4 key recommendations for increasing physician engagement with the EHR

The economic realities in the current healthcare environment often push leaders to focus on productivity and cost-cutting measures that all too often add to a physician's growing list of responsibilities despite their well-thought intentions.

Suffering from the day-to-day burdens of increasing documentation demands and changing technology tools — brought on by health systems' desire to stay financially fit, as well as regulatory compliant — physicians are now more burnt out than ever, according to Rick Roesemeier, manager at ECG Management Consultants. This is forcing many to reduce their clinical availability in an effort to manage a better work-life balance.

Coupled with the U.S.' worsening clinician shortage, healthcare organizations need to rethink the ways they manage their practice operations to better support and engage their physicians, or else they will face staffing issues that will complicate their abilities to deliver high-quality patient care.

"We are losing our capacity to even care for patients if we don't take care of and address our physician burnout and engagement problems," Mr. Roesemeier said.

Mr. Roesemeier — whose employer, ECG, works with healthcare organizations to develop improvement strategies and solutions — noted the EHR is a key factor contributing to physicians' job dissatisfaction, and the issues fall into three buckets.

  • Declining perception of patient care. Physicians view documentation requirements as an interference to their face-to-face time with patients.
  • Misalignment of workflows. There is a major disconnect between the existing EHR workflows and physicians' clinical workflows.
  • Data fatigue. The EHR stores a plethora of data that can overload physicians who don't have time to devote to sorting through the noise.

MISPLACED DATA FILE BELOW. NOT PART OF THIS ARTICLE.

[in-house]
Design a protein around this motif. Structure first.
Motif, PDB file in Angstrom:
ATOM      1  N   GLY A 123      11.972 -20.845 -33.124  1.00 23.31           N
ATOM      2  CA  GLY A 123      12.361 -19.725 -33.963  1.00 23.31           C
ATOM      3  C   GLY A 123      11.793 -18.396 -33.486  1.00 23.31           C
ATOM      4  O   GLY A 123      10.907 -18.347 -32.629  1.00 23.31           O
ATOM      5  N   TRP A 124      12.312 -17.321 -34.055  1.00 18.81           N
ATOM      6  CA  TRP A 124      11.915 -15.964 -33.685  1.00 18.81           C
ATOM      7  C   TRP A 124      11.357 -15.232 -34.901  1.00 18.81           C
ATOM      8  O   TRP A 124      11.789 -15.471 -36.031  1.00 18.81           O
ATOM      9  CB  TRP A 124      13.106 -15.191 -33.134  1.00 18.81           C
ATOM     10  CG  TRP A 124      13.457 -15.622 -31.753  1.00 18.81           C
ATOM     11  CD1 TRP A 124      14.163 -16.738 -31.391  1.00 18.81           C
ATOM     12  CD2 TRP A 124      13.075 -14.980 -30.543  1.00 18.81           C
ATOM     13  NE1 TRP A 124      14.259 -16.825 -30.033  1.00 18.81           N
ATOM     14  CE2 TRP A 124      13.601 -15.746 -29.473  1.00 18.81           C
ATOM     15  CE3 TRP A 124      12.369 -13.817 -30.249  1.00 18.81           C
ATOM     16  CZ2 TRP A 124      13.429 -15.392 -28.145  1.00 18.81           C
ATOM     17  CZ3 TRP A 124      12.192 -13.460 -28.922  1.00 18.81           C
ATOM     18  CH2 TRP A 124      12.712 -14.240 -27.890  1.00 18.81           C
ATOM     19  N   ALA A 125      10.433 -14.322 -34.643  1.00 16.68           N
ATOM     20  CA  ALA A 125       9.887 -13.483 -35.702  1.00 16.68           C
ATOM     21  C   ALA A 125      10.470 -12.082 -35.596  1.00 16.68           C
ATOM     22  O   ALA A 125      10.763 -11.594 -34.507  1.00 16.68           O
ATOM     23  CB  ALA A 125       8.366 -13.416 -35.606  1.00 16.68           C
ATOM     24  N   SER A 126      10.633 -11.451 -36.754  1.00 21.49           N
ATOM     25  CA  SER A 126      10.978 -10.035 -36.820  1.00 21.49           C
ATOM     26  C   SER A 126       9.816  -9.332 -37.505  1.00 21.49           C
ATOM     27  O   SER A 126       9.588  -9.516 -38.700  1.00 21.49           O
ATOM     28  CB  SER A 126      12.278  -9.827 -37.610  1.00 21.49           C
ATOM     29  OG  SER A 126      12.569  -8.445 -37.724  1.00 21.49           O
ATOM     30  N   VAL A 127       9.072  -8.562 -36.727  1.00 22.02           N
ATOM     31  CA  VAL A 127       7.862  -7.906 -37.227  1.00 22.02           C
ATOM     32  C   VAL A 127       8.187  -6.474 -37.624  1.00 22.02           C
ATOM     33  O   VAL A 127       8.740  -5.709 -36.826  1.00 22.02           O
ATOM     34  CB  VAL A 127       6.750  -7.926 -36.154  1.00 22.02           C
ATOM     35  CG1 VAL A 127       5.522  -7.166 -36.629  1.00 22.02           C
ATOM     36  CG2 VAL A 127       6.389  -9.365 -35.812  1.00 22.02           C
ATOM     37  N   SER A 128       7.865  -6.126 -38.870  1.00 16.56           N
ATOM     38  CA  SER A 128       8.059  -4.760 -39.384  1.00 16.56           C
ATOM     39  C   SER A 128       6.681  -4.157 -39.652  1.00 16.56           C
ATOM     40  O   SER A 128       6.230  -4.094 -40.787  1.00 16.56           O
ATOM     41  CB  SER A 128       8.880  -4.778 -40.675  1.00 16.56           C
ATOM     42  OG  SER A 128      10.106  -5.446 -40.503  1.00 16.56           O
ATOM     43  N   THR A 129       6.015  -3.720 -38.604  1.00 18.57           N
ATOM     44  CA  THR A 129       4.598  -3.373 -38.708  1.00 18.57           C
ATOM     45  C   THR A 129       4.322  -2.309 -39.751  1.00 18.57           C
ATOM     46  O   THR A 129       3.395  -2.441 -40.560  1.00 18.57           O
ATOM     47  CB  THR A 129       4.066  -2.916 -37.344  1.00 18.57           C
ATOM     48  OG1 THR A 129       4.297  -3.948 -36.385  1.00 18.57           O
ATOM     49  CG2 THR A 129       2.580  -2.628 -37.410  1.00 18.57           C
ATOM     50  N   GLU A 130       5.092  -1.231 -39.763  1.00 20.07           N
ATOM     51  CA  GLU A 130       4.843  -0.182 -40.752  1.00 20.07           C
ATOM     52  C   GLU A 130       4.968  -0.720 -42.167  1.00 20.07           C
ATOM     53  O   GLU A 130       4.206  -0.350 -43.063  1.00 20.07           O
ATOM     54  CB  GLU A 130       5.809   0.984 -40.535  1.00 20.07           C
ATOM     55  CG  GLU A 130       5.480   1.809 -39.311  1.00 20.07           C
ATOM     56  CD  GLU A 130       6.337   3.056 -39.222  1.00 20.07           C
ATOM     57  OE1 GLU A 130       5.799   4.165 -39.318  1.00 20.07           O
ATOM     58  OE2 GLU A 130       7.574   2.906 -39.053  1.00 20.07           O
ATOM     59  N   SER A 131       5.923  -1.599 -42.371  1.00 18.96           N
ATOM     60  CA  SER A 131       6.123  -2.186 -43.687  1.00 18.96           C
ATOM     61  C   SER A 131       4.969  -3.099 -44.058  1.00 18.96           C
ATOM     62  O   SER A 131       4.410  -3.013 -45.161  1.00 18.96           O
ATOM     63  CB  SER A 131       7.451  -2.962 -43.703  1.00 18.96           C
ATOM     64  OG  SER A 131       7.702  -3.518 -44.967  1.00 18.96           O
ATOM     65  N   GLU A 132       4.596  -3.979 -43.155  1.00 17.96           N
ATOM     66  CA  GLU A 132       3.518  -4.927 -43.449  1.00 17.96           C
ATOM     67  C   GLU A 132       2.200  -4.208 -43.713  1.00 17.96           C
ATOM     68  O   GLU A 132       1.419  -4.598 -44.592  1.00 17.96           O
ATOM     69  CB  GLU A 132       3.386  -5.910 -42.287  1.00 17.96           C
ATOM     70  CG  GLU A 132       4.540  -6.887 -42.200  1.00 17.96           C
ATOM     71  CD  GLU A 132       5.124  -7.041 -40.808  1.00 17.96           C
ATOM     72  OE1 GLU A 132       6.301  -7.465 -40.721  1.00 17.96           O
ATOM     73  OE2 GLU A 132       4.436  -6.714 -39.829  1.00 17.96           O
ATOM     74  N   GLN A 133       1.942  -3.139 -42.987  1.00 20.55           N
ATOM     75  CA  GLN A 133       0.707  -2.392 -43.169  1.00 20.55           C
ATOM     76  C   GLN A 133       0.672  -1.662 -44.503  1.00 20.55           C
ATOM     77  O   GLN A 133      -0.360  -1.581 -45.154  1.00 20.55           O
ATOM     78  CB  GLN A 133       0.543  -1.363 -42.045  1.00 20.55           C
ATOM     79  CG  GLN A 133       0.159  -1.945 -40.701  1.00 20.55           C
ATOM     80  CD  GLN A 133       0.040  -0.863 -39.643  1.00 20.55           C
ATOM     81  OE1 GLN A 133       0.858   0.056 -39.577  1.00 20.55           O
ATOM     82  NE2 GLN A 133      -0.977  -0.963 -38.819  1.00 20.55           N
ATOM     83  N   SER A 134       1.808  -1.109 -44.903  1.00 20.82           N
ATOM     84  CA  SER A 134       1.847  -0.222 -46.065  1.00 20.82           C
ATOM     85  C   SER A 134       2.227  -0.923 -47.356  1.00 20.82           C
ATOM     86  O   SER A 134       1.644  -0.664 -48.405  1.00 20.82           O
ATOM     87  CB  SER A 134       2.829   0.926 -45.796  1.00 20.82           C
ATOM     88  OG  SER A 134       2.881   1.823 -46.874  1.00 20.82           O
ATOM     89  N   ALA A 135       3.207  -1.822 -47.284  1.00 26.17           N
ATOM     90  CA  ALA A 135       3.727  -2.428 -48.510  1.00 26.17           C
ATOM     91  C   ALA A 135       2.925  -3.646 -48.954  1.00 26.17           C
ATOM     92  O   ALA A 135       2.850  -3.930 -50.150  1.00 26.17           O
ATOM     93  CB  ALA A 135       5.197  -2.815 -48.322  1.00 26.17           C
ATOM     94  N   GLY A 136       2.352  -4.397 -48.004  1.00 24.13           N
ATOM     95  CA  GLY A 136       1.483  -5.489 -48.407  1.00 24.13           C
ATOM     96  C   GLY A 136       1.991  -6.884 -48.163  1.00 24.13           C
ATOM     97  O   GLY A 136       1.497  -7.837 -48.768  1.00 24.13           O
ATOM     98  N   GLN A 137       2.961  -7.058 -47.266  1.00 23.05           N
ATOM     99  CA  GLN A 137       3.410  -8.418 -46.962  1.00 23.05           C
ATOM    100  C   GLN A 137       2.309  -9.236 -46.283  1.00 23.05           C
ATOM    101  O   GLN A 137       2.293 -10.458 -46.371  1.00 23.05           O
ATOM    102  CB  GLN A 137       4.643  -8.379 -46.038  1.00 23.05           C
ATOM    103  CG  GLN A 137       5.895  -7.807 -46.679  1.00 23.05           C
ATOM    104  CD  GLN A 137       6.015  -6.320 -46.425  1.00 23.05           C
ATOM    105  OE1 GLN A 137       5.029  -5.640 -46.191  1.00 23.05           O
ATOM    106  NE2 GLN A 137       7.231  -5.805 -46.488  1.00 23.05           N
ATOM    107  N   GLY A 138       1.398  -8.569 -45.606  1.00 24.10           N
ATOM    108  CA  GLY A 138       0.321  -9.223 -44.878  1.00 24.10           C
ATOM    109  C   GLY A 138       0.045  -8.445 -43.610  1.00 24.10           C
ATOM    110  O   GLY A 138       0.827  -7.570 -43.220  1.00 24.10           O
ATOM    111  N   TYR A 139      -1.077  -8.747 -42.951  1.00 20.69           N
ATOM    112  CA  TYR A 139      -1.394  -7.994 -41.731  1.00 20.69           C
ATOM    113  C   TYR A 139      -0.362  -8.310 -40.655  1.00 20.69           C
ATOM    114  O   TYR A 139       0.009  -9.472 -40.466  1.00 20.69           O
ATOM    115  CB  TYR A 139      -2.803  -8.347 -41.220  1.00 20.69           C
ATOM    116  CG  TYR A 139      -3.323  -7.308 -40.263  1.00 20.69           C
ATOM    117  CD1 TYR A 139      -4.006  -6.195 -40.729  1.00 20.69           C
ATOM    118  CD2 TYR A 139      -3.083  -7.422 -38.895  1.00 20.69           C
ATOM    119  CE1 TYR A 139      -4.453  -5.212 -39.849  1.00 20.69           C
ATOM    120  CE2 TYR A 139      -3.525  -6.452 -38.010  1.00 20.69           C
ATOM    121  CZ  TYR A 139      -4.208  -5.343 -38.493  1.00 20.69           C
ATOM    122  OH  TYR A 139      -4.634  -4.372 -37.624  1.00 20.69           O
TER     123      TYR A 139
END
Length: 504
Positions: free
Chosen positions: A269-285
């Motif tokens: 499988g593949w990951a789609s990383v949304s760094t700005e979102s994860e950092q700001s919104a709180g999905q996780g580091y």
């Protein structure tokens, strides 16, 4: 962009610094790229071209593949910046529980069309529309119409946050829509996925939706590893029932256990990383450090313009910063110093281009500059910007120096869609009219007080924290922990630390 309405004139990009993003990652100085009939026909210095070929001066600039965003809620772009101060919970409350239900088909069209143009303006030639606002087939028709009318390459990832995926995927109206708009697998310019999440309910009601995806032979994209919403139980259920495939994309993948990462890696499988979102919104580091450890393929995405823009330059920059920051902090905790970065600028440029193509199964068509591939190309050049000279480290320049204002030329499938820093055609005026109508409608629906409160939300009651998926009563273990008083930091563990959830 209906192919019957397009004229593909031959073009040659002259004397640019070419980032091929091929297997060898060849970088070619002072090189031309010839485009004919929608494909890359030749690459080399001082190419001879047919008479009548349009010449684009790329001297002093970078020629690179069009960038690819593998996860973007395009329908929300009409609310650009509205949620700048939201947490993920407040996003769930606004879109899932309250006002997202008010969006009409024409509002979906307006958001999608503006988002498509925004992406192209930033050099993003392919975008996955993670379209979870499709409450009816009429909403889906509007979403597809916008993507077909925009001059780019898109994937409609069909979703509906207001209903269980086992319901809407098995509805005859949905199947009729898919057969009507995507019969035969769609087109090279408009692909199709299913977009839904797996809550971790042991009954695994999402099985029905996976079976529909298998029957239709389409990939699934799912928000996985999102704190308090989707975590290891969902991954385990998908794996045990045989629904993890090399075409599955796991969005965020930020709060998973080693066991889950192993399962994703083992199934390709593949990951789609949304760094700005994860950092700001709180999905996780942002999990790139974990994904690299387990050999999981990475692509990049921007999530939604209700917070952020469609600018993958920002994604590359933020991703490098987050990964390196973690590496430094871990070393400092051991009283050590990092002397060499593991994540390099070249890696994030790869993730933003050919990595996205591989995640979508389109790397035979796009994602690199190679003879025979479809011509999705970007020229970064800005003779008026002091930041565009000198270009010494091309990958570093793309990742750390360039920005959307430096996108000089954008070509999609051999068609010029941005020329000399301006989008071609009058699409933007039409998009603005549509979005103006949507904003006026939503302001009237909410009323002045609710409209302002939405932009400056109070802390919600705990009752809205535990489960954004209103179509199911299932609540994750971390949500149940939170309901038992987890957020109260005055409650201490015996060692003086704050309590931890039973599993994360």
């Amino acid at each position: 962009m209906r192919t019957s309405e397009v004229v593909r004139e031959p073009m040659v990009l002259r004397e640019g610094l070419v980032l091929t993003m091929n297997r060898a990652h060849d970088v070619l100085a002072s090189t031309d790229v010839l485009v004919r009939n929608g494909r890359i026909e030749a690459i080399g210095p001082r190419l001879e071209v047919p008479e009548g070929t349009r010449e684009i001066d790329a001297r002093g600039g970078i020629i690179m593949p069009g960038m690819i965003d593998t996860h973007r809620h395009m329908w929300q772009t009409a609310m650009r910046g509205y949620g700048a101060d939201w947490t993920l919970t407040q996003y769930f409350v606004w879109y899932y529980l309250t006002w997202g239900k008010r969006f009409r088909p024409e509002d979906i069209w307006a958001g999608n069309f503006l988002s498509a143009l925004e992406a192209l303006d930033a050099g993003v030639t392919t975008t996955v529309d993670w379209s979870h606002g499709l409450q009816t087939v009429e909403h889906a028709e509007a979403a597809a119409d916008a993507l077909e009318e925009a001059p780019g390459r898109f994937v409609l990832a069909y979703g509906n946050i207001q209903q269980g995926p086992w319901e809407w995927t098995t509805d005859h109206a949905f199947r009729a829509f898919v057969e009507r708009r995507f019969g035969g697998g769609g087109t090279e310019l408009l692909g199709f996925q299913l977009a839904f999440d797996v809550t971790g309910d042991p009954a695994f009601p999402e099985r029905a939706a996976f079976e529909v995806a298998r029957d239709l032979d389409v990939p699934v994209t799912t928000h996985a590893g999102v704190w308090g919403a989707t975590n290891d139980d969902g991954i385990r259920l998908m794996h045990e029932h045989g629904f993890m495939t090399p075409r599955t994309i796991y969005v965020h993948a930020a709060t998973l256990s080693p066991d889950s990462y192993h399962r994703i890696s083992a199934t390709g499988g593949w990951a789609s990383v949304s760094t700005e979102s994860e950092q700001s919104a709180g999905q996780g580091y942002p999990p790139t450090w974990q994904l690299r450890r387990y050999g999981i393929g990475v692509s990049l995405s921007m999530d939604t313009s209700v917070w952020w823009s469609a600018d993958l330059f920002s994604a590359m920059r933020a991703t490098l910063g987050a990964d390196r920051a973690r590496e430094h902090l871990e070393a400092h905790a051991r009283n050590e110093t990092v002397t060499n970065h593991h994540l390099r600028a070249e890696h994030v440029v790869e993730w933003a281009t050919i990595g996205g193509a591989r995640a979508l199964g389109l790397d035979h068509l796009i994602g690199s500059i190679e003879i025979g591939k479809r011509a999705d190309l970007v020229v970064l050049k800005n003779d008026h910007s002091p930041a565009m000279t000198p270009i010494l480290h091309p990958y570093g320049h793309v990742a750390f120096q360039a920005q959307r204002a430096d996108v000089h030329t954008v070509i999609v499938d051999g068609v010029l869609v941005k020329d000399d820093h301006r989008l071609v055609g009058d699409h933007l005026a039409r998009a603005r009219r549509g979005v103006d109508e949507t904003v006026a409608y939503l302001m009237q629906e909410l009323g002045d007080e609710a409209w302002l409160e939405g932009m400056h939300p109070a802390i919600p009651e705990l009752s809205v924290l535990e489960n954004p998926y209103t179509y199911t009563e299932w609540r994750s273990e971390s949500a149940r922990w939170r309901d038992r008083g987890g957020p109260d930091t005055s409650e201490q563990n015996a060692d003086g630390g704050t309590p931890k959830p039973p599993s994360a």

Mr. Roesemeier proposed four ways healthcare organizations can better support their providers and reduce their risk of EHR-induced burnout. Here are Mr. Roesemeier's four recommendations.

1. Let physicians personalize the EHR interface. EHRs are equipped with functionalities that allow providers to customize their individual interactions with the system. When building and offering these custom tools, it is important to consider each user group who will be conducting that specific EHR task. In other words, anything financial-related must get the stamp of approval from the billing department, while anything clinical gets the physicians' OK.

Leveraging tools such as customized templates, landing pages and order sets, as well as quick text and view filters, can foster a unique EHR experience for providers that makes their documentation responsibilities easier. When it comes to adding on features, ECG Principal Robin Settle said it is more important to understand the EHR functionality at its core before tacking on apps; one exception tends to be voice recognition, which is a common solution that many organizations have found helpful in reducing documentation time.